I am not a reader of Award-Winning Books. See my posts here and here for proof of this — and I don’t think the situation has improved much in the last two years. But some times you hear so much buzz and chatter about a book that you have to check it out. Particularly when you luck into a copy of said book. And Colson Whitehead’s the Underground Railroad was one of those books. I’d heard everybody on the Bookriot podcasts that I listen to talking about how excited they were for something new from Whitehead – and then about how brilliant it was. It kept popping up in lists of hotly anticipated books. It was an Oprah Bookclub pick. It was on President Obama’s summer reading list.
The Underground Railroad tells the story of Cora, a slave on a brutal cotton plantation in Georgia. Life is more terrible than you can imagine, especially for Cora who is an outcast among her fellow Africans. When Caesar, a recent arrival at the plantation suggests that they escape together, they take a terrifying risk to try and get to the Underground Railroad. But it doesn’t go according to plan, and Cora’s journey is fraught with dangers as there are hunters after them, dogging their every move. In Whitehead’s world the railroad is real – actual trains in tunnels under the southern states with a network of drivers and conductors ferrying runaways to safety.
This is such a powerful book. It’s beautifully written, but oh so difficult to read – I’ve had to take it in bite-sized chunks so that I can digest it properly – but it’s worth it. It makes you confront harsh and terrible truths about what people have done to each other and are capable of doing to each other. But it’s also compelling and personal and page turning and clever. Whatever I say here, I won’t be able to do it justice. I still haven’t finished digesting it and I’m going to be thinking about it for some time to come. It’s going to win all the awards – and it deserves to. It’s already won the National Book Award in the US and is Amazon.com editor’s Number 1 Book of the Year. In years to come it’s going to be on English Literature syllabuses. Well, well, well worth your time.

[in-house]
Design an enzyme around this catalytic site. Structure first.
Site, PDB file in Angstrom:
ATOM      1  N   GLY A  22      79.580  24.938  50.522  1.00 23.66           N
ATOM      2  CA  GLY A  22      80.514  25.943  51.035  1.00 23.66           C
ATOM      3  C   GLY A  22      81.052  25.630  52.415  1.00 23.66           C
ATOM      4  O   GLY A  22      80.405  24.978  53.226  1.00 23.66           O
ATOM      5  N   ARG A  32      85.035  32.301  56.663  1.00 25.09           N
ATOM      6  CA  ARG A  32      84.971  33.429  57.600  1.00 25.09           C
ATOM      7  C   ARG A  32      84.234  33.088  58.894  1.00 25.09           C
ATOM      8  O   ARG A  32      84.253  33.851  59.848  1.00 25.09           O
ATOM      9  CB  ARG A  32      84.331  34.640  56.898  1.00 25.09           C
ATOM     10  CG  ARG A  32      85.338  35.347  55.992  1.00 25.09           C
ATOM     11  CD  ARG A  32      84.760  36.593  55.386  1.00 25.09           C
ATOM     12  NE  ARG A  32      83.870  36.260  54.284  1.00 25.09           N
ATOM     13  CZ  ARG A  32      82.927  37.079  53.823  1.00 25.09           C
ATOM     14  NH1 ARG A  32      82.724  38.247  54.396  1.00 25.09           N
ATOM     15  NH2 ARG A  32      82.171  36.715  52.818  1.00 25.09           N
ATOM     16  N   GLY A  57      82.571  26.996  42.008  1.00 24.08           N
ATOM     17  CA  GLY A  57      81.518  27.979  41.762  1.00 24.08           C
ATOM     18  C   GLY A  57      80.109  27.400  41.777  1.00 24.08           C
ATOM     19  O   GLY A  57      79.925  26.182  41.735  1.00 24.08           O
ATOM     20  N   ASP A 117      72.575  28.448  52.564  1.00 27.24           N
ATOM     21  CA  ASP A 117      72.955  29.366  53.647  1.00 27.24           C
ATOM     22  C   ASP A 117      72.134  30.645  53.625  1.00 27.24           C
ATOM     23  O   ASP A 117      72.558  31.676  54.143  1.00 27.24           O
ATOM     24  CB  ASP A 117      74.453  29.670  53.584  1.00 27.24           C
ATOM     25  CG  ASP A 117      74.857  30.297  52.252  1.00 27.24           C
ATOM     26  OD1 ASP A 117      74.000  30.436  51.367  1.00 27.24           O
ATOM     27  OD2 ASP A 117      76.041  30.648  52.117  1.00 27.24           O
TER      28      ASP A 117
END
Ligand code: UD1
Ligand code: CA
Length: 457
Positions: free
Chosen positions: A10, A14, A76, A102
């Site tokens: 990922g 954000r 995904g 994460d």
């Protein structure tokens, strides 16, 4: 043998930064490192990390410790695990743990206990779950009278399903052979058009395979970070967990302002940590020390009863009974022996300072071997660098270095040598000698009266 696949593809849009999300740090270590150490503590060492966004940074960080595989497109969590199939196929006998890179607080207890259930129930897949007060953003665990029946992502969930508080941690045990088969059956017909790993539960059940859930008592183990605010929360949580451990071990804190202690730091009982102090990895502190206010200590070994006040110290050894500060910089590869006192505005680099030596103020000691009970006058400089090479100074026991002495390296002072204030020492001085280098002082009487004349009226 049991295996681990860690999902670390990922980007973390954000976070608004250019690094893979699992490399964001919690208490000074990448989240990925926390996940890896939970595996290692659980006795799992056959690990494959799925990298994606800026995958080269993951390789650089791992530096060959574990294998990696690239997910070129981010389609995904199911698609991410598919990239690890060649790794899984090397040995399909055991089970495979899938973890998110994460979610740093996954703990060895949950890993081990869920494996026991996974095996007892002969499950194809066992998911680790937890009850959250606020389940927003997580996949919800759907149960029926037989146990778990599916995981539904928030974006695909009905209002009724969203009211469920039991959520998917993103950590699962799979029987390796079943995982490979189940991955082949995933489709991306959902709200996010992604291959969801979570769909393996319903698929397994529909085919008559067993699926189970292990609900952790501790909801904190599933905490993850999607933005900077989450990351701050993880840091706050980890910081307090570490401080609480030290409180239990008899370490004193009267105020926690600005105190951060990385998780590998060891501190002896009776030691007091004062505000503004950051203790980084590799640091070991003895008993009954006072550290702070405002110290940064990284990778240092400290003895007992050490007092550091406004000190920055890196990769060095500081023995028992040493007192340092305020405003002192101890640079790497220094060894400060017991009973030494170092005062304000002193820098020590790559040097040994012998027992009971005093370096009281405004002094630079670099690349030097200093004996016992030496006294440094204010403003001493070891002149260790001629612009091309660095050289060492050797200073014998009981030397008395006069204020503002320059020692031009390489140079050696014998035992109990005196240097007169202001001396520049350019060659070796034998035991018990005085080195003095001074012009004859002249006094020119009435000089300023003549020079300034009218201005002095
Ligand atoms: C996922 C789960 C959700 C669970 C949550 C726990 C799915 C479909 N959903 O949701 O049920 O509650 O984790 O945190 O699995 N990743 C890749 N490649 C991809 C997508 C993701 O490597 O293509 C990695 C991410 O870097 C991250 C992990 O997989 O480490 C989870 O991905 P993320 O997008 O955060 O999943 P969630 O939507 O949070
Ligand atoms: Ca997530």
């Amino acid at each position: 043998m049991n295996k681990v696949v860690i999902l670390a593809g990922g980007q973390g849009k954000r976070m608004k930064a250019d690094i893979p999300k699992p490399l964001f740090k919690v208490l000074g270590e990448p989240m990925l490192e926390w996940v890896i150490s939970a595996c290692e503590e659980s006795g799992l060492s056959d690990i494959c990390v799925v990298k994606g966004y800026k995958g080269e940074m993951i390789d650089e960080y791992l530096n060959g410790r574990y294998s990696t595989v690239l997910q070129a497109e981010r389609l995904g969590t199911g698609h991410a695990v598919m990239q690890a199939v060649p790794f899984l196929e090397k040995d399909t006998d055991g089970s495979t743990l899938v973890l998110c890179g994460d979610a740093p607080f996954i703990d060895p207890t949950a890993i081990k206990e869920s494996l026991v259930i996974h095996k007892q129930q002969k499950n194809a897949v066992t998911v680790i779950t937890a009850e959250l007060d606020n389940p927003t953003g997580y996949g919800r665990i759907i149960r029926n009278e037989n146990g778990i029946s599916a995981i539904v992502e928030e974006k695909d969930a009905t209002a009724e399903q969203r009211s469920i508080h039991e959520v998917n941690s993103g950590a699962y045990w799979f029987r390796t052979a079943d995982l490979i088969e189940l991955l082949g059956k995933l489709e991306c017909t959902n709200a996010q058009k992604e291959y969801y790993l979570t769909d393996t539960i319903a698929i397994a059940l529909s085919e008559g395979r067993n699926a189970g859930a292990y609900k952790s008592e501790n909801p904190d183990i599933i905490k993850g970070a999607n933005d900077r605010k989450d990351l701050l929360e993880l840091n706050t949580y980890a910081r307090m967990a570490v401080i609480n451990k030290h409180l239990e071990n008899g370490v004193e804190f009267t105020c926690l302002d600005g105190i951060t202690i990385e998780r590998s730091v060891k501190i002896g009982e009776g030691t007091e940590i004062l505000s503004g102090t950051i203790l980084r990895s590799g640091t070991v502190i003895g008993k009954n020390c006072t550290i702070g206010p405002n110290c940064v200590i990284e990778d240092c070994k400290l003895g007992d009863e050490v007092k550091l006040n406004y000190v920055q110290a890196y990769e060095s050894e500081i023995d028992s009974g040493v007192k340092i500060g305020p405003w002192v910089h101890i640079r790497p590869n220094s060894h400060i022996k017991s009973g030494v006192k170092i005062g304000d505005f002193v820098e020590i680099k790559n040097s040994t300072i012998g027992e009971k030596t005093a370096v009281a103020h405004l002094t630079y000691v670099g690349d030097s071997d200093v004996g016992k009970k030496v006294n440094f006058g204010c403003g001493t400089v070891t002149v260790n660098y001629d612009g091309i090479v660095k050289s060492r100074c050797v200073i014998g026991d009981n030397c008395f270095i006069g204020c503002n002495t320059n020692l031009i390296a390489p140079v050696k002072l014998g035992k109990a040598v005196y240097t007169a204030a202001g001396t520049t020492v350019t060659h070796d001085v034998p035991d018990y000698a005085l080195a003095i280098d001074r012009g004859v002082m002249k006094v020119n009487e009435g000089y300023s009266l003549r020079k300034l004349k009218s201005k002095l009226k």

I would expect this to be somewhere prominent on a table or on a front facing shelf in bookshops. It’s in hardback at the moment – and you can get it from Amazon (out of stock at time of writing, which says a lot), Waterstones and Foyles and on Kindle and Kobo. It might make it into the supermarkets, but I’d be surprised. The paperback is out in June. I’m off to read some more of Whitehead’s work.
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